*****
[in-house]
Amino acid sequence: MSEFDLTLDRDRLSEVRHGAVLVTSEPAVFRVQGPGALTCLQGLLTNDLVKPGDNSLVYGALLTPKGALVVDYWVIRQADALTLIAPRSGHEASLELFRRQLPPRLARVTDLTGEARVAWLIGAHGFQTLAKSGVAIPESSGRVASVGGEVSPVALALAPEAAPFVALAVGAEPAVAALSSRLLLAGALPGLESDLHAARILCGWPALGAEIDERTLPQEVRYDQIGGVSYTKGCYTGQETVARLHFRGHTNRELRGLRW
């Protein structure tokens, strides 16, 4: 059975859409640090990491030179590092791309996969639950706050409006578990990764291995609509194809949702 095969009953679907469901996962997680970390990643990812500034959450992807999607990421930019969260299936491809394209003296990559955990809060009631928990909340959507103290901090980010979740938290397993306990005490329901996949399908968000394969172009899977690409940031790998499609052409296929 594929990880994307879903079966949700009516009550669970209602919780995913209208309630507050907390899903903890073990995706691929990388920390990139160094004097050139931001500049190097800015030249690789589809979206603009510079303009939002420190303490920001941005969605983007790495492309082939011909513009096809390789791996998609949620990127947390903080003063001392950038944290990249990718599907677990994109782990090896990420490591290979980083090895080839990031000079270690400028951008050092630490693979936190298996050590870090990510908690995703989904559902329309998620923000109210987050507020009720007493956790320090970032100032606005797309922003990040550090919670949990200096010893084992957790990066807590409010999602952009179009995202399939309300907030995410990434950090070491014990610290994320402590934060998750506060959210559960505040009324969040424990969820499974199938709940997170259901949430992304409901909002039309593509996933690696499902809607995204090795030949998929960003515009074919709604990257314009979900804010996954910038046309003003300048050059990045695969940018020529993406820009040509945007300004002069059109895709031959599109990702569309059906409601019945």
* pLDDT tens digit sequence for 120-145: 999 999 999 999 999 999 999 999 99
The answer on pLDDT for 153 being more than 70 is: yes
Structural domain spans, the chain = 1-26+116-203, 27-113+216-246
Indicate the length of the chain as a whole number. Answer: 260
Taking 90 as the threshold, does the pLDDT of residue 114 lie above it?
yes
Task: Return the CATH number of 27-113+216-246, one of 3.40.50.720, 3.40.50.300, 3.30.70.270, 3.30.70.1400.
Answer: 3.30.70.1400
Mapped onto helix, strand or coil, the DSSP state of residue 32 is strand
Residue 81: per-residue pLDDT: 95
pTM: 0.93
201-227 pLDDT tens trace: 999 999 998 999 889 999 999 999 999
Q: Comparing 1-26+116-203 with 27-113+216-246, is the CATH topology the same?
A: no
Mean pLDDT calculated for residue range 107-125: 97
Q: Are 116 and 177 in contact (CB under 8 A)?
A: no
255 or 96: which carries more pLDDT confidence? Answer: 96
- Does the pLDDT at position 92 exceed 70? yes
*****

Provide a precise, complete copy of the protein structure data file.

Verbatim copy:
[in-house]
Amino acid sequence: MSEFDLTLDRDRLSEVRHGAVLVTSEPAVFRVQGPGALTCLQGLLTNDLVKPGDNSLVYGALLTPKGALVVDYWVIRQADALTLIAPRSGHEASLELFRRQLPPRLARVTDLTGEARVAWLIGAHGFQTLAKSGVAIPESSGRVASVGGEVSPVALALAPEAAPFVALAVGAEPAVAALSSRLLLAGALPGLESDLHAARILCGWPALGAEIDERTLPQEVRYDQIGGVSYTKGCYTGQETVARLHFRGHTNRELRGLRW
């Protein structure tokens, strides 16, 4: 059975859409640090990491030179590092791309996969639950706050409006578990990764291995609509194809949702 095969009953679907469901996962997680970390990643990812500034959450992807999607990421930019969260299936491809394209003296990559955990809060009631928990909340959507103290901090980010979740938290397993306990005490329901996949399908968000394969172009899977690409940031790998499609052409296929 594929990880994307879903079966949700009516009550669970209602919780995913209208309630507050907390899903903890073990995706691929990388920390990139160094004097050139931001500049190097800015030249690789589809979206603009510079303009939002420190303490920001941005969605983007790495492309082939011909513009096809390789791996998609949620990127947390903080003063001392950038944290990249990718599907677990994109782990090896990420490591290979980083090895080839990031000079270690400028951008050092630490693979936190298996050590870090990510908690995703989904559902329309998620923000109210987050507020009720007493956790320090970032100032606005797309922003990040550090919670949990200096010893084992957790990066807590409010999602952009179009995202399939309300907030995410990434950090070491014990610290994320402590934060998750506060959210559960505040009324969040424990969820499974199938709940997170259901949430992304409901909002039309593509996933690696499902809607995204090795030949998929960003515009074919709604990257314009979900804010996954910038046309003003300048050059990045695969940018020529993406820009040509945007300004002069059109895709031959599109990702569309059906409601019945």
* pLDDT tens digit sequence for 120-145: 999 999 999 999 999 999 999 999 99
The answer on pLDDT for 153 being more than 70 is: yes
Structural domain spans, the chain = 1-26+116-203, 27-113+216-246
Indicate the length of the chain as a whole number. Answer: 260
Taking 90 as the threshold, does the pLDDT of residue 114 lie above it?
yes
Task: Return the CATH number of 27-113+216-246, one of 3.40.50.720, 3.40.50.300, 3.30.70.270, 3.30.70.1400.
Answer: 3.30.70.1400
Mapped onto helix, strand or coil, the DSSP state of residue 32 is strand
Residue 81: per-residue pLDDT: 95
pTM: 0.93
201-227 pLDDT tens trace: 999 999 998 999 889 999 999 999 999
Q: Comparing 1-26+116-203 with 27-113+216-246, is the CATH topology the same?
A: no
Mean pLDDT calculated for residue range 107-125: 97
Q: Are 116 and 177 in contact (CB under 8 A)?
A: no
255 or 96: which carries more pLDDT confidence? Answer: 96
- Does the pLDDT at position 92 exceed 70? yes